Tuesday, September 13, 2005

Baskets Meaning and Reason

Baskets have both meaning and reason. The meaning of Cherokee basketry, evident in legend, custom, and history, relates to the role and work of women as the source of food and life, as providers and sustainers for their families.

The direct evidence, Cherokee baskets, is quite variable. Few baskets have survived from the eighteenth century. Perhaps a dozen remain from the early19th century, before removal.

Toward the end of the 19th century, basket collectors discovered the Cherokees, and accordingly, from the turn of that century to the present, many baskets of rivercane, white oak, and honeysuckle can be found in collections in Oklahoma, New York, Pennsylvania, Wisconsin, Illinois, Colorado, Washington, D.C., Tennessee, and North Carolina.

The second primary source of information about preremoval Cherokees is government documents. These, however, are most concerned with politics. ...giving little information about women and almost none about their transforming work in ecosystems.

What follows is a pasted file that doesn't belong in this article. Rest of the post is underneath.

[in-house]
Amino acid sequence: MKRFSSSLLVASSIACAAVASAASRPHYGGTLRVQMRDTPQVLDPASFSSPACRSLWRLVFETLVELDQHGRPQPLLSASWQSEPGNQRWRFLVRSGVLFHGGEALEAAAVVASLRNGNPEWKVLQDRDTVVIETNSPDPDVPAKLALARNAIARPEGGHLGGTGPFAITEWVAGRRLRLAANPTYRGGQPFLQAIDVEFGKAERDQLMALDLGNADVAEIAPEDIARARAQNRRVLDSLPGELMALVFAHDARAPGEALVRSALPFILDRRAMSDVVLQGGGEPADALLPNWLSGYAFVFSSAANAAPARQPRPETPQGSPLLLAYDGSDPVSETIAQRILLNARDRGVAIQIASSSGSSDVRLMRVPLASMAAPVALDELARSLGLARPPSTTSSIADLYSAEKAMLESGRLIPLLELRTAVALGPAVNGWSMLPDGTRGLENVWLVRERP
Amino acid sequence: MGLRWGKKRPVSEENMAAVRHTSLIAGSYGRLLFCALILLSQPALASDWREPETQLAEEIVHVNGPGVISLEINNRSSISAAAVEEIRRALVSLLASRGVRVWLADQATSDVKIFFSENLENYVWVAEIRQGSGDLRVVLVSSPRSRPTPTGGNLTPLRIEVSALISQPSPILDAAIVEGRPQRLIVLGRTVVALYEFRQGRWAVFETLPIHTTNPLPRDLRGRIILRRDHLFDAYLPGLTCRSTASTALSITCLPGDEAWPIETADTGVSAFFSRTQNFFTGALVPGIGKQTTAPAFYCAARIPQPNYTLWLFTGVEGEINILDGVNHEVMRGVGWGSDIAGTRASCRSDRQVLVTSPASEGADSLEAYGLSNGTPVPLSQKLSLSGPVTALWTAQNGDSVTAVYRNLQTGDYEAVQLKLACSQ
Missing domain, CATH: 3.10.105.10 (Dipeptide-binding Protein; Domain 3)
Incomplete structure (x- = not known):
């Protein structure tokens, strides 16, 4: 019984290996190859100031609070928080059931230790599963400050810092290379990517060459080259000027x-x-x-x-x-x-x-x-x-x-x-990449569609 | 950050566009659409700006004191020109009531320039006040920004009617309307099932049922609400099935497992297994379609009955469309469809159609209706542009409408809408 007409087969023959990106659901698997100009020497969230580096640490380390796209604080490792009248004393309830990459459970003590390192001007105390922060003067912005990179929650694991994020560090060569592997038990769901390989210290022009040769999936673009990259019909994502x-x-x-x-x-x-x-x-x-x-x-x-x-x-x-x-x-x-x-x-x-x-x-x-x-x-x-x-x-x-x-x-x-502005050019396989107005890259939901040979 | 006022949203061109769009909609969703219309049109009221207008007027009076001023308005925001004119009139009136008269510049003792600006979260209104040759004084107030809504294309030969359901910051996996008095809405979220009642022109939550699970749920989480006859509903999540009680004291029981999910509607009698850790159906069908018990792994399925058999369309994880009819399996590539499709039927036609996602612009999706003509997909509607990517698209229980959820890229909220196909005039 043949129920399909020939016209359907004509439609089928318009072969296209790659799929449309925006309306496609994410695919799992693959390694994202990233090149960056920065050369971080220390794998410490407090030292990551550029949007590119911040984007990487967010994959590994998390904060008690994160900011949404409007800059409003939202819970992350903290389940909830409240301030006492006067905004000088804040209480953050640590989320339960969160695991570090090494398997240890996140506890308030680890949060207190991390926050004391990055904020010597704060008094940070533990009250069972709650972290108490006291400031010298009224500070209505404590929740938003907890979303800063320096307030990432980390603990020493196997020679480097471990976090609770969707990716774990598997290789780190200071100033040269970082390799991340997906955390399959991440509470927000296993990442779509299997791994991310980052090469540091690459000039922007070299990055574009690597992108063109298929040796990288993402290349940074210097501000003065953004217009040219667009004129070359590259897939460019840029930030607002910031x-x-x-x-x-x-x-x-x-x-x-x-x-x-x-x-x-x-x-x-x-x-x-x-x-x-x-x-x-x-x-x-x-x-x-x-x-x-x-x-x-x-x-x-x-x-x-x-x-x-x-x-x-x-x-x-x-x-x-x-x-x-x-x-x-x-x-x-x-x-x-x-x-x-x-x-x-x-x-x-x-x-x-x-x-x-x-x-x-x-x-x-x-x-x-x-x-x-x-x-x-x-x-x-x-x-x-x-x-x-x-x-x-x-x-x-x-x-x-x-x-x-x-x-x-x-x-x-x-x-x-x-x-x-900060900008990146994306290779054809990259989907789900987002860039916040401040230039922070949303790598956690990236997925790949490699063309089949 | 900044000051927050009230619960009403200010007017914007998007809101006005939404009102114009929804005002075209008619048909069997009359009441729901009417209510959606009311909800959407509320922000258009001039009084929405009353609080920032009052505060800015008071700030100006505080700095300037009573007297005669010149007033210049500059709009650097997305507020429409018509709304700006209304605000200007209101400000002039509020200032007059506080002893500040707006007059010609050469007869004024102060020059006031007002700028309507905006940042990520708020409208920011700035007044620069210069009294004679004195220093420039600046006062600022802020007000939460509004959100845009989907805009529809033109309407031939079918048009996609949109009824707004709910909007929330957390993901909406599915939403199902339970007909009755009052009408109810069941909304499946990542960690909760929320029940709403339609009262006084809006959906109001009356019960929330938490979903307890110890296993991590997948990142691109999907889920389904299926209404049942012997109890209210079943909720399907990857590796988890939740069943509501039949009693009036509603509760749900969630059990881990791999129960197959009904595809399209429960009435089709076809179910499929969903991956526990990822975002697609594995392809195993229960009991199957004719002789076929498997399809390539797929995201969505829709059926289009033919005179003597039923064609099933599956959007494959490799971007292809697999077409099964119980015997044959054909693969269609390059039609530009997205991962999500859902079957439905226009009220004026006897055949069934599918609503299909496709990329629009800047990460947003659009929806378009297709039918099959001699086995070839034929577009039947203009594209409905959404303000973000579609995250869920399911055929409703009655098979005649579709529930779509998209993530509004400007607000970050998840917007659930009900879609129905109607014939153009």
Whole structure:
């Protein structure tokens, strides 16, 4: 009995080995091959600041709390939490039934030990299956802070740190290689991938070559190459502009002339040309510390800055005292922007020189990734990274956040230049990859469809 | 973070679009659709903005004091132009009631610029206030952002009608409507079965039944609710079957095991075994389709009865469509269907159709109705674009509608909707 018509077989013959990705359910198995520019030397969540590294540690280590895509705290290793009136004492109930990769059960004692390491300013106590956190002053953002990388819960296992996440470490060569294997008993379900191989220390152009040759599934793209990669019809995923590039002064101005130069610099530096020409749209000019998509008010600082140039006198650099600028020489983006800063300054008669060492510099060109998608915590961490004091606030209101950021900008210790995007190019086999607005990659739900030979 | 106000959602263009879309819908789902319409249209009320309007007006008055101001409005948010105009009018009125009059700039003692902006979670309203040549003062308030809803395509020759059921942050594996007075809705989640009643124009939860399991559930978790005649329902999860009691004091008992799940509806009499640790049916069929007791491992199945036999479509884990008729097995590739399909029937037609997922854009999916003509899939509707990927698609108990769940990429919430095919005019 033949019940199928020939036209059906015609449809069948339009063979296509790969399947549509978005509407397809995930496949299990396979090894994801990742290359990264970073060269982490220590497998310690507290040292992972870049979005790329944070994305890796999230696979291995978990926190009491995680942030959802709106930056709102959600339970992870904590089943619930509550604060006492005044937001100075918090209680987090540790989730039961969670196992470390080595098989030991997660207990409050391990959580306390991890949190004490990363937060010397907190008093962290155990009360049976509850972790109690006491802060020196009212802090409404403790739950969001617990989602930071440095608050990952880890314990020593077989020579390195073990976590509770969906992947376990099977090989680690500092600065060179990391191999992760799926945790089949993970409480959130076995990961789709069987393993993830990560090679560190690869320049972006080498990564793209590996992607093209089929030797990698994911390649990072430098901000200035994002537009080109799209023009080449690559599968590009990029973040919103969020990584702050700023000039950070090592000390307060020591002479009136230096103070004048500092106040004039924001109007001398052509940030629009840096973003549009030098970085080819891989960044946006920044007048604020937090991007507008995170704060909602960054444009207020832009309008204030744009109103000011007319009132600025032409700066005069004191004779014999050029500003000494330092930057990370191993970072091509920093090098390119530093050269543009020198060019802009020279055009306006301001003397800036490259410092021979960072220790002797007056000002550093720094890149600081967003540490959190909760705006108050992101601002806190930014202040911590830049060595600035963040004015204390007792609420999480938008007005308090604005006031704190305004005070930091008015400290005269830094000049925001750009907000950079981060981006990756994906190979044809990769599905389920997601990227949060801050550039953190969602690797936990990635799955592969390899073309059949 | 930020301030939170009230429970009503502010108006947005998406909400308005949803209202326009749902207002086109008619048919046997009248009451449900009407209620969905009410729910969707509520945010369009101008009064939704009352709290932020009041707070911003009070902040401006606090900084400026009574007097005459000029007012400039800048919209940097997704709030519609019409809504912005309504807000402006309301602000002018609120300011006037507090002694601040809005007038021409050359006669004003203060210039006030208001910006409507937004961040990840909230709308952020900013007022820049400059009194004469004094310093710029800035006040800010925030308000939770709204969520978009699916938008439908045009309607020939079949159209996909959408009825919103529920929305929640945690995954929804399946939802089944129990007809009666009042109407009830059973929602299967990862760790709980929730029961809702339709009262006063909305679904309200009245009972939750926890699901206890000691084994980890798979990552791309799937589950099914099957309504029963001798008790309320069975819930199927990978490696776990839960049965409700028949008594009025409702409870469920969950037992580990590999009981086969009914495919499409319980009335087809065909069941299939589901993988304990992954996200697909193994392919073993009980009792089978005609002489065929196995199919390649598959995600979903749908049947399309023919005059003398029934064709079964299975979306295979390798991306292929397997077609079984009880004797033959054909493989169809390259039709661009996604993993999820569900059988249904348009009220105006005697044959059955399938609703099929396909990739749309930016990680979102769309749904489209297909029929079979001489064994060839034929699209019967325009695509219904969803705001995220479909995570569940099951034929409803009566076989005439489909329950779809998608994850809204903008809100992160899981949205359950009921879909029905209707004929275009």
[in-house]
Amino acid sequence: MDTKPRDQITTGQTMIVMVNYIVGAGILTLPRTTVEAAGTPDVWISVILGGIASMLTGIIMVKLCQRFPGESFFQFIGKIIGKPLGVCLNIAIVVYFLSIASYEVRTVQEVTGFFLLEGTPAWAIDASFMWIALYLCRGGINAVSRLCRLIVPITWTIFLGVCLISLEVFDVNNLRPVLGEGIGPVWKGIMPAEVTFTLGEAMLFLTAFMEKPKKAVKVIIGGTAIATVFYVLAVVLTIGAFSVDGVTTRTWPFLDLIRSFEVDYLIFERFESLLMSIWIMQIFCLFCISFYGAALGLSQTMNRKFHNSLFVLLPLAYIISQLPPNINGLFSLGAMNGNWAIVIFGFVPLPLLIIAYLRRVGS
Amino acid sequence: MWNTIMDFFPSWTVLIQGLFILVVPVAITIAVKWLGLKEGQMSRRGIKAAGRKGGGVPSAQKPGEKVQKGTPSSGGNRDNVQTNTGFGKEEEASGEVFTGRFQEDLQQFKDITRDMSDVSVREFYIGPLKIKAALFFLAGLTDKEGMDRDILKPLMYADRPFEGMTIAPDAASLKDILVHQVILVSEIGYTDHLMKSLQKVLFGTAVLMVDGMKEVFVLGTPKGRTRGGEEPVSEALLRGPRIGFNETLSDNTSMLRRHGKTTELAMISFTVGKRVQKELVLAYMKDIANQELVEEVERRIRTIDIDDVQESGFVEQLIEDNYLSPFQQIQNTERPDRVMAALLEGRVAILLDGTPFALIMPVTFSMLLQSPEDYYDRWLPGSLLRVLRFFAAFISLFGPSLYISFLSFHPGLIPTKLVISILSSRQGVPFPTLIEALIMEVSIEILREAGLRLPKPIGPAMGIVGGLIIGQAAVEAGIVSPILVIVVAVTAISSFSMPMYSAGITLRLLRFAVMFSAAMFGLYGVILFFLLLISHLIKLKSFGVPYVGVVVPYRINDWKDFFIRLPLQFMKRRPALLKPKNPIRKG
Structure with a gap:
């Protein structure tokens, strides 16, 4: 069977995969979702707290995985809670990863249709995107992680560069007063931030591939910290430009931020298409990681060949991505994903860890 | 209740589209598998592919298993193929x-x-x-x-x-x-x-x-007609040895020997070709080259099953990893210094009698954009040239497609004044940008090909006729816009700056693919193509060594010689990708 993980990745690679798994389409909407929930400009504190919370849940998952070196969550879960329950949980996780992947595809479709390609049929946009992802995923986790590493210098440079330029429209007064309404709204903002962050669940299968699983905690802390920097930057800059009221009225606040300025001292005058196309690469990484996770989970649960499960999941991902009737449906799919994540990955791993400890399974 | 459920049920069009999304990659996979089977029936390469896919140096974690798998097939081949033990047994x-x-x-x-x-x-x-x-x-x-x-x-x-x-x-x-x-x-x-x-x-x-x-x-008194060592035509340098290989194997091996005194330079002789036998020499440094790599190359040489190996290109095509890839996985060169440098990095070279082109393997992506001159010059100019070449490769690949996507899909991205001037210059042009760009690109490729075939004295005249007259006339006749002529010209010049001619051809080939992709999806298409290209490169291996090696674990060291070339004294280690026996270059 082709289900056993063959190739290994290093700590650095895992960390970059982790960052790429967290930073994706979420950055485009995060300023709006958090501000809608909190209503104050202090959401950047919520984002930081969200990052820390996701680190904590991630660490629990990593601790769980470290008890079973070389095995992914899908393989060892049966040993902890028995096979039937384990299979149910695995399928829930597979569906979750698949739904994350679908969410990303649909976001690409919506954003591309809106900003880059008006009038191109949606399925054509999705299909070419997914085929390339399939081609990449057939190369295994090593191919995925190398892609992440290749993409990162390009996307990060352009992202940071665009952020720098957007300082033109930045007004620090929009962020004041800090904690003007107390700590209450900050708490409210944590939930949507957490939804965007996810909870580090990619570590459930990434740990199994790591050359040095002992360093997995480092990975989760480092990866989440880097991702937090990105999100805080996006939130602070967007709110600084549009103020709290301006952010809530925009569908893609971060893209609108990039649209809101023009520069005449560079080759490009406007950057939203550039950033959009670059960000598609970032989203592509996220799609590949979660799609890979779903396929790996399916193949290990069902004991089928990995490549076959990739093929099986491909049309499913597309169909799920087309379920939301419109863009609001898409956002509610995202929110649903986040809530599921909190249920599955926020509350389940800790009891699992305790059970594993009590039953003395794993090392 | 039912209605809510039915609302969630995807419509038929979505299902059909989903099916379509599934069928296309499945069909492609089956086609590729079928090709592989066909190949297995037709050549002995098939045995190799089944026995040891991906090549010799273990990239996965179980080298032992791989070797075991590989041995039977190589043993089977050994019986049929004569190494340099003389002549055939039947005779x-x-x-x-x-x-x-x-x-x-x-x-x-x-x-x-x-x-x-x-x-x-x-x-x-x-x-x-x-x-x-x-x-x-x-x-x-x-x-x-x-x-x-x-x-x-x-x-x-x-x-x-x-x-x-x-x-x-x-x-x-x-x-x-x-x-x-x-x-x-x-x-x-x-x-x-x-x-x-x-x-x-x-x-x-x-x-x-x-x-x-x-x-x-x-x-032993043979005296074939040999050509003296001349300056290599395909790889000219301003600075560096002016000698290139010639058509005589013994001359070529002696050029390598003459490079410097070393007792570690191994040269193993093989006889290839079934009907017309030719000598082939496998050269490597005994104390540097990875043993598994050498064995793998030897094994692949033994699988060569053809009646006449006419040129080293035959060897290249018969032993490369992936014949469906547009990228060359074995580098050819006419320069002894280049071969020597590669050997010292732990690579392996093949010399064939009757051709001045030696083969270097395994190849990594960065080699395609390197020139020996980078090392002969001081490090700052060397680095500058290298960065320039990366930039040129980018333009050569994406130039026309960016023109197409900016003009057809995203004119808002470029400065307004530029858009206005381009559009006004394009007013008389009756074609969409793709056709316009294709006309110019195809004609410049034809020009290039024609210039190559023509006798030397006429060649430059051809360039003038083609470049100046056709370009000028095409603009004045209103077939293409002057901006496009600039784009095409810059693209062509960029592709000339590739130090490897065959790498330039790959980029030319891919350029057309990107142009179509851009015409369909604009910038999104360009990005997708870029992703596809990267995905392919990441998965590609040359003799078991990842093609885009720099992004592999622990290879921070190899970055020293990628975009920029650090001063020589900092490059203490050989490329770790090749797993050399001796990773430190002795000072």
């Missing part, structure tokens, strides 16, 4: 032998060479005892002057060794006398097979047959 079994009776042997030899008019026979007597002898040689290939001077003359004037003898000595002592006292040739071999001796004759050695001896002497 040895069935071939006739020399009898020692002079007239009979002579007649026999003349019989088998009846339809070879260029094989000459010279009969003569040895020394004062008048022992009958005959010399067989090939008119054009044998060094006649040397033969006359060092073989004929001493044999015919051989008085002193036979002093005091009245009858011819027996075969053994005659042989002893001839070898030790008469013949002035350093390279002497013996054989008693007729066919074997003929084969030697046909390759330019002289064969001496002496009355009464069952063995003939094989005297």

Louise Goings says that "everybody has their own way of making stuff.""Their own way" includes details such as basket shapes, split widths, organization of colors, and varieties of ornamentation like rim bindings and curls. There is also something ineffable about their work that basketmakers can't define. In the long run, as one explains, "even my own baskets, I know, they're not two made alike."

Contemporary weaver Agnes Welch says that she makes a basket the way she does because "that's how it is supposed to look."

In a basket, there is both something very personal and something related to a collective consciousness.

source: Weaving New Worlds by Sarah Hill